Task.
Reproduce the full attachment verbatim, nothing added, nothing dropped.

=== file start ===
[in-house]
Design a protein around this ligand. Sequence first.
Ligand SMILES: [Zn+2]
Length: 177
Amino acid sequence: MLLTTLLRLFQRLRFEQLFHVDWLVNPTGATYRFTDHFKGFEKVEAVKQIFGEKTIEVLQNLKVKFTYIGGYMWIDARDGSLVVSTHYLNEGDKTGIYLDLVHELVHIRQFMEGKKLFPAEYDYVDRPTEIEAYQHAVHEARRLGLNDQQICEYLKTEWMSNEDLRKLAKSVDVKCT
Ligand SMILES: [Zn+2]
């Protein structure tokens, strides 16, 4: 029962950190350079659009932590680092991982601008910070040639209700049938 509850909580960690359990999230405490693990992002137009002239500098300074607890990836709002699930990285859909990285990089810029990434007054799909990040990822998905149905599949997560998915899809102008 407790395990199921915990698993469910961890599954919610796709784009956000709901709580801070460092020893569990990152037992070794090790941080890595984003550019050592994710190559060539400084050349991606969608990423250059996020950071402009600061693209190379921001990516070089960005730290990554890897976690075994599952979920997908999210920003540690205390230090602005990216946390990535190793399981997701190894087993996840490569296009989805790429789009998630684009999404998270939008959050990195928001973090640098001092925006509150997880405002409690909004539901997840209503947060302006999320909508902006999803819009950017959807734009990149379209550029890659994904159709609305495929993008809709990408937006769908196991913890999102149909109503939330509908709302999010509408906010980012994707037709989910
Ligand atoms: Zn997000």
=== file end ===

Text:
[in-house]
Design a protein around this ligand. Sequence first.
Ligand SMILES: [Zn+2]
Length: 177
Amino acid sequence: MLLTTLLRLFQRLRFEQLFHVDWLVNPTGATYRFTDHFKGFEKVEAVKQIFGEKTIEVLQNLKVKFTYIGGYMWIDARDGSLVVSTHYLNEGDKTGIYLDLVHELVHIRQFMEGKKLFPAEYDYVDRPTEIEAYQHAVHEARRLGLNDQQICEYLKTEWMSNEDLRKLAKSVDVKCT
Ligand SMILES: [Zn+2]
């Protein structure tokens, strides 16, 4: 029962950190350079659009932590680092991982601008910070040639209700049938 509850909580960690359990999230405490693990992002137009002239500098300074607890990836709002699930990285859909990285990089810029990434007054799909990040990822998905149905599949997560998915899809102008 407790395990199921915990698993469910961890599954919610796709784009956000709901709580801070460092020893569990990152037992070794090790941080890595984003550019050592994710190559060539400084050349991606969608990423250059996020950071402009600061693209190379921001990516070089960005730290990554890897976690075994599952979920997908999210920003540690205390230090602005990216946390990535190793399981997701190894087993996840490569296009989805790429789009998630684009999404998270939008959050990195928001973090640098001092925006509150997880405002409690909004539901997840209503947060302006999320909508902006999803819009950017959807734009990149379209550029890659994904159709609305495929993008809709990408937006769908196991913890999102149909109503939330509908709302999010509408906010980012994707037709989910
Ligand atoms: Zn997000």